August is sometimes called the silly season in the news business, and some of that silliness seems to have spilled over into dictionary searches. Probably because of the arrest of the feminist punk band Pussy Riot, visitors were searching the term pussy much more often than usual. They also searched for shades of grey, no doubt because of the popular Fifty Shades of Grey books.

September brought pleb to prominence because a British MP was alleged to have used this word in an argument with a policeman.

Autumn in New York is a lovely standard composed by Vernon Duke in 1934. This year, however, it brought a new word, Frankenstorm, to describe the devastation wrought by Hurricane Sandy in the region. Many fear that the term may be needed to describe increasingly disrupted weather patterns around the world.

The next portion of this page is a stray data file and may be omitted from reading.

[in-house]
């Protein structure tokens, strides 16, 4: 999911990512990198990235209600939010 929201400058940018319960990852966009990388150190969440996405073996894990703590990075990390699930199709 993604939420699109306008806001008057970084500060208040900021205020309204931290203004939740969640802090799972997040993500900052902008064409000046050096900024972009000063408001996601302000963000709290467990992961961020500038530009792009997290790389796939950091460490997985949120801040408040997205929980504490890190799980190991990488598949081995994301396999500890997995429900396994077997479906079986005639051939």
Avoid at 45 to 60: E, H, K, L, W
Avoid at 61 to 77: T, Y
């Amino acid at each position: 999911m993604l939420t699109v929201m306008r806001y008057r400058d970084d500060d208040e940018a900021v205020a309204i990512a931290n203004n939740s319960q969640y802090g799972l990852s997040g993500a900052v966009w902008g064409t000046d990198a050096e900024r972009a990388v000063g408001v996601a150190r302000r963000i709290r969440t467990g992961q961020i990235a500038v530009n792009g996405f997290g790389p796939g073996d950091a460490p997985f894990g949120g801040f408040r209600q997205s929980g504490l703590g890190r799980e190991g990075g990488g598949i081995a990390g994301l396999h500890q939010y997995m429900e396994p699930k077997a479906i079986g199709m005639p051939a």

US presidential elections never fail to provide some sort of lexical innovation. One of this year’s coveted voting groups was variously dubbed waitress moms or Walmart moms. These were the working-class women who it was thought might vote for either candidate.  Also in November, bumble moved up the charts because The Economist called the Taiwanese president a bumbler.

Also worthy of note for making news this year were the terms Big Data, for the collection of massive amounts of information online, especially about consumer behavior; pink slime, a beef product made from offcuts of meat; and the delightful adverb automagically, which means ‘independently, without effort and as if by magic.’